The cross that is planted at the heart of the history of the world cannot be uprooted. - Jacques Ellul
The Unity in whose loving presence the universe unfolds is inside each person as a call to welcome the stranger, protect animals and the earth, respect the dignity of each person, think new thoughts, and help bring about ecological civilizations. - John Cobb & Farhan A. Shah
If you board the wrong train it is of no use running along the corridors of the train in the other direction. - Dietrich Bonhoeffer
God's justice is restorative rather than punitive; His discipline is merciful rather than punishing; His power is made perfect in weakness; and His grace is sufficient for all. – anon
Our little [biblical] systems have their day; they have their day and cease to be. They are but broken lights of Thee, and Thou, O God art more than they. - Alfred Lord Tennyson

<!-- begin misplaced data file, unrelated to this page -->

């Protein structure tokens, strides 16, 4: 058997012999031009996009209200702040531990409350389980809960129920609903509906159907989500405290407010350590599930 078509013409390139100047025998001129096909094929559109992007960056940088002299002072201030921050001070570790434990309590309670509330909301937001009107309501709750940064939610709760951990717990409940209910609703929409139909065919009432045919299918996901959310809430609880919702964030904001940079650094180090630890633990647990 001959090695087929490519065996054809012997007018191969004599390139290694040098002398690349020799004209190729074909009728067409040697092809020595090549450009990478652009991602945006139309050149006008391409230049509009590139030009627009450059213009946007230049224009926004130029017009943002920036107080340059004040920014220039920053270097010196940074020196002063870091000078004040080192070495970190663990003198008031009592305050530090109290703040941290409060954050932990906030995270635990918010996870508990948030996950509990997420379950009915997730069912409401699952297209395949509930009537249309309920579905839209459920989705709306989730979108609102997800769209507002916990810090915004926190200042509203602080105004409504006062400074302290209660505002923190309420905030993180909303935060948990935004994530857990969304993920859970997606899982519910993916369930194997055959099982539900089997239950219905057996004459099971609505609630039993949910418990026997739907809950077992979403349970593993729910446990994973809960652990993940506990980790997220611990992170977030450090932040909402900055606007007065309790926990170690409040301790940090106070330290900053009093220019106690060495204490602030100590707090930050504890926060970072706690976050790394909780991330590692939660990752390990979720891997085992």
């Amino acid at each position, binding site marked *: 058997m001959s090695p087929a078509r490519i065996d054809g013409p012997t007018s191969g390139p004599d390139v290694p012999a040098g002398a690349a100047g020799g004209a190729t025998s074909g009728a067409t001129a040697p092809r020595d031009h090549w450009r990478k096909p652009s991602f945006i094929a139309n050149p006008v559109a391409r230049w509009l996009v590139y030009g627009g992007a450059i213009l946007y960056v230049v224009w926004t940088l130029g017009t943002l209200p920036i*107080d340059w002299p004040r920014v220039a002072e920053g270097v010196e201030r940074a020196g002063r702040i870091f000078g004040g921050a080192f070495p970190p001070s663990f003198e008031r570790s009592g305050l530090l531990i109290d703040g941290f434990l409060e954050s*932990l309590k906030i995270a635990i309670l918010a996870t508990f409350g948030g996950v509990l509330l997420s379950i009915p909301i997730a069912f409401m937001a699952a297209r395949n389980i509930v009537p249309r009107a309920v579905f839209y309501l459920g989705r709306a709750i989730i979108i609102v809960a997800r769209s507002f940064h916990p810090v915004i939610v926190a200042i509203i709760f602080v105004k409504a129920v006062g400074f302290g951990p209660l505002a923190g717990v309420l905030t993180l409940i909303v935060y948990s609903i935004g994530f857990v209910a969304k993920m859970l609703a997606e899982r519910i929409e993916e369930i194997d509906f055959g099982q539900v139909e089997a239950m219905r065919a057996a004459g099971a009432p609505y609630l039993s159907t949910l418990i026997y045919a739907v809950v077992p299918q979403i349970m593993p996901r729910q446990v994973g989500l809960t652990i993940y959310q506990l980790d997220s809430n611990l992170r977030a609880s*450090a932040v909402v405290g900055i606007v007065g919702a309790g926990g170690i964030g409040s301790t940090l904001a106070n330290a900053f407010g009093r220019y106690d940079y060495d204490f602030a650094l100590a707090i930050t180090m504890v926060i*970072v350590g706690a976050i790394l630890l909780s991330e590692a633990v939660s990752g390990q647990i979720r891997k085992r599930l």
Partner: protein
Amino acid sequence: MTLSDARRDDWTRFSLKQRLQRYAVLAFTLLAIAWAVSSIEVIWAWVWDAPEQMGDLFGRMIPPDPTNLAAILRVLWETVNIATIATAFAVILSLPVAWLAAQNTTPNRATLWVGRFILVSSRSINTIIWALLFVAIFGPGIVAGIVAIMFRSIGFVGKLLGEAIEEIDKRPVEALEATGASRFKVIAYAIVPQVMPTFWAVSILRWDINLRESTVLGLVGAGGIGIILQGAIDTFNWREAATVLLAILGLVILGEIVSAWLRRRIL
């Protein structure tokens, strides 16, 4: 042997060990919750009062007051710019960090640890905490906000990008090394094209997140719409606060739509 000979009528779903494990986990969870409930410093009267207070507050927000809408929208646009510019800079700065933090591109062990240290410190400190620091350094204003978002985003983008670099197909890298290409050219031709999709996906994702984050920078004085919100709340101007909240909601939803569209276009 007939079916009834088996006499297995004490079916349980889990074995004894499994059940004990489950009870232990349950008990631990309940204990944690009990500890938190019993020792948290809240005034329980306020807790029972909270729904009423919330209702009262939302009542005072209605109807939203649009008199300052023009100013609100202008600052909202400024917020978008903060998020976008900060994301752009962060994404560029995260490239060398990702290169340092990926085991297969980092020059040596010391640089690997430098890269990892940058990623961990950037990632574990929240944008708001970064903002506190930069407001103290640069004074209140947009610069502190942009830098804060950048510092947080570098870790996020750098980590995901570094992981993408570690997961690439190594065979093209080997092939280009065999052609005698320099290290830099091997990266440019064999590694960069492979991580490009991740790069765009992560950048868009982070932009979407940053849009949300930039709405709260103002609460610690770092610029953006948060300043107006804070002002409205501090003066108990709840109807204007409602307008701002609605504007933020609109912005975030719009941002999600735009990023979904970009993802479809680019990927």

Wednesday, June 1, 2011

Youth Ministry Reframed

 
Scot McKnight
May 30, 2011
 
My travels around the USA give me opportunity to talk to lots of youth pastors, and something is changing. What is changing is that the same-old isn’t working as well, and youth pastors know they are the threshold of news ways for new days. What is perhaps most exciting to me is a desire for a more theological and biblical approach as these youth pastors are turning away from programs that are neither adaptable nor theological enough.
 
One of the youth pastors creating a new paradigm is Chris Folmsbee, and his new book is an exceptional example of what is happening: Story, Signs, and Sacred Rhythms: A Narrative Approach to Youth Ministry.
 
What are the major themes shaping youth ministry theology today? What are you seeing? Are you seeing any narrative approaches to youth ministry? Any missional approaches?

Before I go any farther, an observation: an increasing number of youth pastors see that instead of saving kids from secular culture or instead of protecting Christian children from the world, there is a desire to prepare them to think critically and to engage holistically in the culture. In other words, to use the words of Gabe Lyons, many youth pastors are intent on preparing young adults to be restorers.